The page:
Chapter 19 of the Westminster Confession identifies the moral law as the ten commandments one of which requires the Sabbath to be remembered. How can this be applicable to the church age? The seventh day is not remembered in reformed circles or at least not in the OT way.

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  • Guest - Robert Bisbing

    Hey Robert, from one Robert to another. That is a great and vexing question that ends up recurring over and over again in Christian circles. I don't have an adequate answer to your question however I broke out my Heidelburg and looked at the question at hand, and then proceeded to questions 88-90 which, for me, seemed to follow through in helping to answer question #87. We, by Grace alone through Faith alone by Christ alone, inherit a righteousness that is not own but becomes our own because of the gracious imputation supernaturally imposed and applied by God the holy spirit himself. That is how we are able to be looked upon by God the father in acceptance in his site. While still remaining sinners on this side of heaven.
    SOLA DEO GLORIA!!!

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  • Thanks for an EXCELLENT treatment of this subject. Will be looking forward to part 2.

    One favor: when you paraphrase the Puritans at the end of this broadcast, speaking of not turning believers back to themselves for some sort of synergistic or self-focused sanctification effort, I would love it if you could find a more direct quote, so I can share it with attribution. :-)

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  • Guest - Chris Johnson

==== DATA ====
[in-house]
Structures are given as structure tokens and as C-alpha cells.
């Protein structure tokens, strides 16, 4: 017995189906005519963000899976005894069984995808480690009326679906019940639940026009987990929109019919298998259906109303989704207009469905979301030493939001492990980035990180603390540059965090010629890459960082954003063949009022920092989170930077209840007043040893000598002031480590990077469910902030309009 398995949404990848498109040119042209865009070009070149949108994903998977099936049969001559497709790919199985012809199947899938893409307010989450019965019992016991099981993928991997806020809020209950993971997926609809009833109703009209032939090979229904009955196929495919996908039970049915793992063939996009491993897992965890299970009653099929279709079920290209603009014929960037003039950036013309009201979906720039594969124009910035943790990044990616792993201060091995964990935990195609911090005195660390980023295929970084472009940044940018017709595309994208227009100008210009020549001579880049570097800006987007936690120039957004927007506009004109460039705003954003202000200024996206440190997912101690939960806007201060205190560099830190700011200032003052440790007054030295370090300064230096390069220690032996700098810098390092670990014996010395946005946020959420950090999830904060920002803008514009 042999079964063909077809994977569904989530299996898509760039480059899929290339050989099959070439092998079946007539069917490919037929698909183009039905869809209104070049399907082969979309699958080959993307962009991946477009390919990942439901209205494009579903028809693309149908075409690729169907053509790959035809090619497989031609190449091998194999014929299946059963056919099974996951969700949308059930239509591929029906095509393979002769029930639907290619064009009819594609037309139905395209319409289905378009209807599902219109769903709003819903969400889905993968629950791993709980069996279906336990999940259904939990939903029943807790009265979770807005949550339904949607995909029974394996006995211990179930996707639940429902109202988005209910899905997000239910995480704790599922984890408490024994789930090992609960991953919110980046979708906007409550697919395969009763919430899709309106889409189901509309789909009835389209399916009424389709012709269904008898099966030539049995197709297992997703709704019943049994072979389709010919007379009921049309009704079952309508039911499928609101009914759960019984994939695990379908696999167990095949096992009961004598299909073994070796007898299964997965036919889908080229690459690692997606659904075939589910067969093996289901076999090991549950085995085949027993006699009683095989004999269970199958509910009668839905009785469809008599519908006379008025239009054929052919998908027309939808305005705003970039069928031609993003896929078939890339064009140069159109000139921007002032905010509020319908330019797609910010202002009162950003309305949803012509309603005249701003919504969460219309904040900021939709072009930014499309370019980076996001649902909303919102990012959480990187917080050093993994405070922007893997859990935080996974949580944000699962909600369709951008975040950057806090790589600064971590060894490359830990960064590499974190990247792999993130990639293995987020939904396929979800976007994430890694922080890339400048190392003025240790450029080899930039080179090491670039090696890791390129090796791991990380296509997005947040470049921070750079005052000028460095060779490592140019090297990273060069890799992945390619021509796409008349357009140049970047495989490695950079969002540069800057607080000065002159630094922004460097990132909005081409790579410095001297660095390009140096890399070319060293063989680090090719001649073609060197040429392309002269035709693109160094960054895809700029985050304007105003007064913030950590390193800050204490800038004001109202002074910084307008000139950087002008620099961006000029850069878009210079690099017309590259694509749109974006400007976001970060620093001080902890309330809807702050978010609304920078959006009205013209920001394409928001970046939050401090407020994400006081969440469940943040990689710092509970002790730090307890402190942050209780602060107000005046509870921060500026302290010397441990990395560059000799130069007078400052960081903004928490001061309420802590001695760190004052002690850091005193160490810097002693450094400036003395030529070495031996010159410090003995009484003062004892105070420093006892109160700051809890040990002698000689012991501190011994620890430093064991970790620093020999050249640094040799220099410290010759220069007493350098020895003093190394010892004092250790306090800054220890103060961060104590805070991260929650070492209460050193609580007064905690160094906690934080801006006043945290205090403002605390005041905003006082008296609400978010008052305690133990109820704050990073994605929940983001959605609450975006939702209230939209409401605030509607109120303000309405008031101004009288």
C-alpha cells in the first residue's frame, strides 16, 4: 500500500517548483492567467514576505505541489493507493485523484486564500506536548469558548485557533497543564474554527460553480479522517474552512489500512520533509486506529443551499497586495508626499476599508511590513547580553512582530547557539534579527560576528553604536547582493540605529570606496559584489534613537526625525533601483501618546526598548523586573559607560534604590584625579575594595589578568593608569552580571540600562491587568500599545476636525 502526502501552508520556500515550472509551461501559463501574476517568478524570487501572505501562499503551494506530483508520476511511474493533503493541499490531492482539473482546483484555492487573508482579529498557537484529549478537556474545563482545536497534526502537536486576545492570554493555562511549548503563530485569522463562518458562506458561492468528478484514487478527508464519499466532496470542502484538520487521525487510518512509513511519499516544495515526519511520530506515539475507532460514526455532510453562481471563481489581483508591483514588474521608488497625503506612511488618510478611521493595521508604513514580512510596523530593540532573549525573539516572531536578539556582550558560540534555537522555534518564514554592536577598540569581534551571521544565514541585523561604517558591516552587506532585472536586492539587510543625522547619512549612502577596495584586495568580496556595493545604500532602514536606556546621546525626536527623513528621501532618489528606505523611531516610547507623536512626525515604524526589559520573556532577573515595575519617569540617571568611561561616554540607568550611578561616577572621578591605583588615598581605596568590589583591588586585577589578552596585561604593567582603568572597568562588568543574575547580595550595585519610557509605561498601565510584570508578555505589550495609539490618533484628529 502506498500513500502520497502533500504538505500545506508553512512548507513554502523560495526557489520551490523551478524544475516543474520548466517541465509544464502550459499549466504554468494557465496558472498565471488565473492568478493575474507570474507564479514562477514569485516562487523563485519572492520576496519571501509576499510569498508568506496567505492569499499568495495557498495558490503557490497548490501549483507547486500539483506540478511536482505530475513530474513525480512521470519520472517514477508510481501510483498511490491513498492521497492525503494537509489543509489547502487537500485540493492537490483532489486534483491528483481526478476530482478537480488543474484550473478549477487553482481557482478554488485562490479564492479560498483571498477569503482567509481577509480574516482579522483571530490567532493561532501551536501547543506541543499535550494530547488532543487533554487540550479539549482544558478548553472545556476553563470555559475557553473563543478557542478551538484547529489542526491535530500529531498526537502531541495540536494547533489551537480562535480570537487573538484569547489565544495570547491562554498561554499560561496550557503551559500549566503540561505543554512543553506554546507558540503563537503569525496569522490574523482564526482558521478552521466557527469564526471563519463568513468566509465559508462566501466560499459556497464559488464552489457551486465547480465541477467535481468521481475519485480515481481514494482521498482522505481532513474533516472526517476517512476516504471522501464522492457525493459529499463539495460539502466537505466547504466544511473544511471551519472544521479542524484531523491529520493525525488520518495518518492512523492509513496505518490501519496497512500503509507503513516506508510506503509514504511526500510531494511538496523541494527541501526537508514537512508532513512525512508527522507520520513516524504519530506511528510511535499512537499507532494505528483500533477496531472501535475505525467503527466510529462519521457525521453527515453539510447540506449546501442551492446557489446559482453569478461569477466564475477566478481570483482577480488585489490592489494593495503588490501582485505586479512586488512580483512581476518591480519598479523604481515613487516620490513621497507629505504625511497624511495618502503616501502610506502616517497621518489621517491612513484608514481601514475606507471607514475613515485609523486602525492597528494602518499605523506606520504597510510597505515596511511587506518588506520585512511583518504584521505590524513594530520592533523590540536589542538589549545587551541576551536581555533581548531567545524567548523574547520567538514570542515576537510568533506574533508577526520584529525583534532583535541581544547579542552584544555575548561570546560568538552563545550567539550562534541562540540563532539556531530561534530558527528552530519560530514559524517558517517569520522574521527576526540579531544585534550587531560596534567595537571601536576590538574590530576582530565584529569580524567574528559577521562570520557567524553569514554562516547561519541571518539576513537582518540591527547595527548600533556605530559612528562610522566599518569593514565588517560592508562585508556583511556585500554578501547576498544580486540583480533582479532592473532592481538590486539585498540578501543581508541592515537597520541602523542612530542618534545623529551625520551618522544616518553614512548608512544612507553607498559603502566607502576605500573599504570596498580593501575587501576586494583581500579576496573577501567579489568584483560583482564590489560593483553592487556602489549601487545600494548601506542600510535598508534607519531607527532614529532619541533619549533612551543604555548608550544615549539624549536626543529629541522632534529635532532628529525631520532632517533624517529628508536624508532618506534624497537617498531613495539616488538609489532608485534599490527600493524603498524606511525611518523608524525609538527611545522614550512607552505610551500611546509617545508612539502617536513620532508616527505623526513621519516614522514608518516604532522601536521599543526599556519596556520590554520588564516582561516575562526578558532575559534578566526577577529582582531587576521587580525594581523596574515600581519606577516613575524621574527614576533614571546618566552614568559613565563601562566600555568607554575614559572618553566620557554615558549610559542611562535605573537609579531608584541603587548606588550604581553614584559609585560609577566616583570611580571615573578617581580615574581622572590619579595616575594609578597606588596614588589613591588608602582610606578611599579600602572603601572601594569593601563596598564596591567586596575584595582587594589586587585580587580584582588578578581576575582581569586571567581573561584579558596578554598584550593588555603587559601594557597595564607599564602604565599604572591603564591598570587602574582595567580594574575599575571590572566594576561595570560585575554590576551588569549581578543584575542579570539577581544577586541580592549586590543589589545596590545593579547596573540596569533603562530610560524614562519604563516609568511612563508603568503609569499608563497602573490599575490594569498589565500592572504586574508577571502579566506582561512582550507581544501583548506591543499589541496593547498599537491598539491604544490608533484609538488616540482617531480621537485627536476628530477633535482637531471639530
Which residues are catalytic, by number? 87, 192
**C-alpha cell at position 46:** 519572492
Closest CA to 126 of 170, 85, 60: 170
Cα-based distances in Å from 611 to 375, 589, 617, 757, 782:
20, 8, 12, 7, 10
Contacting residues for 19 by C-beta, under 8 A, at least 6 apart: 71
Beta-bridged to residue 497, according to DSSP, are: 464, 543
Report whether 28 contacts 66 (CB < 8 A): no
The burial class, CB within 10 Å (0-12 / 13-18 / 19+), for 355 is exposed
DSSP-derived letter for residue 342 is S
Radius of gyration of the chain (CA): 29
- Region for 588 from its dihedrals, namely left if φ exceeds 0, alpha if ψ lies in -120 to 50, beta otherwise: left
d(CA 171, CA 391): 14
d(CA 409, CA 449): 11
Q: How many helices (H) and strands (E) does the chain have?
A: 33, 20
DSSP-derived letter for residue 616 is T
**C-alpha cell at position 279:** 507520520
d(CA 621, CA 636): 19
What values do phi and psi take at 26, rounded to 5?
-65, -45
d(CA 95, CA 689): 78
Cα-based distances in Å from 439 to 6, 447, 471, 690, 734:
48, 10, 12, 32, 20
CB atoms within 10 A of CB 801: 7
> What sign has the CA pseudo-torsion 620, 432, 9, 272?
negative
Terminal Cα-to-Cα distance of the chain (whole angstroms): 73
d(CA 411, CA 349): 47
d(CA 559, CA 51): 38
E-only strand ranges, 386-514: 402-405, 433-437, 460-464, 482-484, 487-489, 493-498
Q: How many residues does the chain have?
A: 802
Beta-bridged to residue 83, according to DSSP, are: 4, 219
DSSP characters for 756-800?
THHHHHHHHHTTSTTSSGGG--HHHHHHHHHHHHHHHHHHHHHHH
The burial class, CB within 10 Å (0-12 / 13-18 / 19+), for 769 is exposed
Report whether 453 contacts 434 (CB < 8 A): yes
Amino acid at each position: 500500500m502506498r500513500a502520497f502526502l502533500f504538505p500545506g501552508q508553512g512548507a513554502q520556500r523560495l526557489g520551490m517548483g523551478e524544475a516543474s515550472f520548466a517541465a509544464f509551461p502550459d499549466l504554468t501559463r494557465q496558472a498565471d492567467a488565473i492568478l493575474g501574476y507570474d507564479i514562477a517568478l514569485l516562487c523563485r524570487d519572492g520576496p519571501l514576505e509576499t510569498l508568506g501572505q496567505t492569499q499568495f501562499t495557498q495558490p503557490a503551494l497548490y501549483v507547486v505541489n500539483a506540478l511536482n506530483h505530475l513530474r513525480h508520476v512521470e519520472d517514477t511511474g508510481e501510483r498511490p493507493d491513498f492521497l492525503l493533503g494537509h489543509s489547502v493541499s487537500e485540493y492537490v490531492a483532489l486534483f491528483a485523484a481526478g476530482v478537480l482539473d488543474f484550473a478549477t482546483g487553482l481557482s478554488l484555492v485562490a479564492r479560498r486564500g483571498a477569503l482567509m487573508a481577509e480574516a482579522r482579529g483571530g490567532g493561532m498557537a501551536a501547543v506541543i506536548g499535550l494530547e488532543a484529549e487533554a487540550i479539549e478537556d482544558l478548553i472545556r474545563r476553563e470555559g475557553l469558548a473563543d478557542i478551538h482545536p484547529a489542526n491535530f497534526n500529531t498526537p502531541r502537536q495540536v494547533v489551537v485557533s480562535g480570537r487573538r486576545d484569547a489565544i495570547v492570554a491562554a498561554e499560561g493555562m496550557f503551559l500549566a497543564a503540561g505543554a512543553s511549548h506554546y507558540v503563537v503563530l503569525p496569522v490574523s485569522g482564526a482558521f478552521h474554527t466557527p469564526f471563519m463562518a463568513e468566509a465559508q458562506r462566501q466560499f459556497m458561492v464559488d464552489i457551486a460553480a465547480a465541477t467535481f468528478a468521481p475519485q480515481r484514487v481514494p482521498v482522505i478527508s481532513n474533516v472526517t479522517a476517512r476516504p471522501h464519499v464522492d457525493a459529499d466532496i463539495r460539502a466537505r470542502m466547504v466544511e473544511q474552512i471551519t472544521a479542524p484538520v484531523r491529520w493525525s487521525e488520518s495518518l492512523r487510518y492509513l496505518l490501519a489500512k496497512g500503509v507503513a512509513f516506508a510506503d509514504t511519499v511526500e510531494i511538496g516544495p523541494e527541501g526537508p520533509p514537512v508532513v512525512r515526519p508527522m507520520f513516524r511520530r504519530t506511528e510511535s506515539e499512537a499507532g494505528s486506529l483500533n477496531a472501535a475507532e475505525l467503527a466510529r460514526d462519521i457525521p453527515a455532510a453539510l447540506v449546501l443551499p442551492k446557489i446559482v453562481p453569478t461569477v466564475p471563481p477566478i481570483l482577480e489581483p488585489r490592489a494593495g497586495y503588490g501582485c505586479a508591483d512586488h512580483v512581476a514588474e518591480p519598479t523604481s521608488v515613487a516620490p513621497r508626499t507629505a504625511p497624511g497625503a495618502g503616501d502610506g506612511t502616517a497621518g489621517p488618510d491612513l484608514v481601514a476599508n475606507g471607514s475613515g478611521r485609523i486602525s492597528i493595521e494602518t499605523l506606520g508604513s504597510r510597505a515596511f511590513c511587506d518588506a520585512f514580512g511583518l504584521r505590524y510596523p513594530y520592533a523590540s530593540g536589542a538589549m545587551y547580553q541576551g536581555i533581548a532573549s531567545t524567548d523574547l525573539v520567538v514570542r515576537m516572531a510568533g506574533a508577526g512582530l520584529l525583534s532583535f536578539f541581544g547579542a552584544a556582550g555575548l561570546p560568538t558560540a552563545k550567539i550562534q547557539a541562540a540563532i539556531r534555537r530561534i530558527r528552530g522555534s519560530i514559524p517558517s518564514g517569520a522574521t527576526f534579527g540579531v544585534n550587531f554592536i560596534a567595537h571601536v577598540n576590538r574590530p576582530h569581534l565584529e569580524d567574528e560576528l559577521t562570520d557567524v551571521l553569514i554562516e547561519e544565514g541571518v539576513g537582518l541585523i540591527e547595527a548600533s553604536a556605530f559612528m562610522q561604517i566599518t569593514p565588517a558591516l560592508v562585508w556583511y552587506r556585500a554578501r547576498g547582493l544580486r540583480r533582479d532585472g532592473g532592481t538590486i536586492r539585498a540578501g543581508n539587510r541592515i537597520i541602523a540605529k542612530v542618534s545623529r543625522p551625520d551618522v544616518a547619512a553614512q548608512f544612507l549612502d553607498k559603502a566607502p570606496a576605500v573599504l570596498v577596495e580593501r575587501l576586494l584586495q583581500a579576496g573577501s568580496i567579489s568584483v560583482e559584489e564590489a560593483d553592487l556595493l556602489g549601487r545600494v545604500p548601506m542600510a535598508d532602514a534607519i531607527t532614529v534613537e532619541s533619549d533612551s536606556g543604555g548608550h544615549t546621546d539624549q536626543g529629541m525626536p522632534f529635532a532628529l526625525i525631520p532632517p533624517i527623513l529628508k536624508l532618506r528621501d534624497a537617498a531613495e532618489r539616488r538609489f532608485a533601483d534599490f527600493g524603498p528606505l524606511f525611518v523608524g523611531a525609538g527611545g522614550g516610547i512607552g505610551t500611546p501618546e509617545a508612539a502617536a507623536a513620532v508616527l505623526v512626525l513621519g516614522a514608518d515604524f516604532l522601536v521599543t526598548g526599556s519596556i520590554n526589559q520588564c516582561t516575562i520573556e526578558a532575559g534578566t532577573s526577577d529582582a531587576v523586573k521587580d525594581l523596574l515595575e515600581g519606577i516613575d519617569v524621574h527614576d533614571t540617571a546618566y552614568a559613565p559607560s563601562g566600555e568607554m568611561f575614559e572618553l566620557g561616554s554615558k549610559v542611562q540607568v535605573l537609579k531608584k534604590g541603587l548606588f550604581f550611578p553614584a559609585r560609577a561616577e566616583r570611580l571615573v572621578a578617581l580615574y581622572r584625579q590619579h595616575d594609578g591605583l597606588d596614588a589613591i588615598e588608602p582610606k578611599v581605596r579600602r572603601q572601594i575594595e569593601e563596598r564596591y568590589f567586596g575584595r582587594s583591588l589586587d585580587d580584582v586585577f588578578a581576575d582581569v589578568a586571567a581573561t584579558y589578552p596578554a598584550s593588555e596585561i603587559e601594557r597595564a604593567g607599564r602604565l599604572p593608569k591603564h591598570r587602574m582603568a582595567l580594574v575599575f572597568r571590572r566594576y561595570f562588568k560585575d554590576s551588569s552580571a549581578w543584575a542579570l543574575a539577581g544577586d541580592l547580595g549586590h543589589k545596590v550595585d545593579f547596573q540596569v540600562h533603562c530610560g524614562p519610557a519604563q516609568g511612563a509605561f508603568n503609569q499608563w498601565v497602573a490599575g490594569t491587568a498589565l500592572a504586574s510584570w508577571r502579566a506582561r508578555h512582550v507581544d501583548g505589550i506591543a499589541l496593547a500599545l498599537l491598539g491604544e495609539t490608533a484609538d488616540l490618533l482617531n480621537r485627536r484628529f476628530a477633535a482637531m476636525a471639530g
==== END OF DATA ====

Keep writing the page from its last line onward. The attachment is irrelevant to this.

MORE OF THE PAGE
So awesome to hear Gerhard Forde's name being mentioned among these men of faith!

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  • Guest - Robert Barrett

    Thanks Robert! I did a little more work on it too, and may now have a little better handle. If I understand that 1 Cor passage to mean that those fitting the description of sinners in that list will not inherit the Kingdom precisely because only those who are still in the flesh can be *identified* by those terms, then it makes sense to me. True believers (while still capable of perpetually committing the sins in that list) are in actuality not the swindlers and revilers that Paul mentions here -- because believers have been clothed in the righteousness of Christ. The labels thus cannot be affixed to a Christian.

    So if the question is “Can those be saved who do not turn to God from their ungrateful and impenitent ways?” and 1 Cor 6:9-10 is referenced for the answer to that question, it is as if it's saying that swindlers, revilers and the sexually immoral cannot be saved because all those who can be *called* swindlers, revilers and sexually immoral are not believers.

    If that is still a misunderstanding of the text, then it seems like the only other option is to eisegete the word “unrepentant” into the 1 Cor 6 text in front of each listed sin (…unrepentant drunkards, unrepentant idolaters… will not inherit the kingdom). I don't know, I’ll just probably have to keep chewing on it until glory :-).

    Thanks again!

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  • [...] Confession of faith.  Michael Horton, WHI  1104 | Antinomianism (Part 1), http://www.whitehorseinn.org/blog/2012/06/03/whi-1104-antinomianism-part-1/, 03/06/2012. http://bookofconcord.org/pdf/TrigBOC.pdf [...]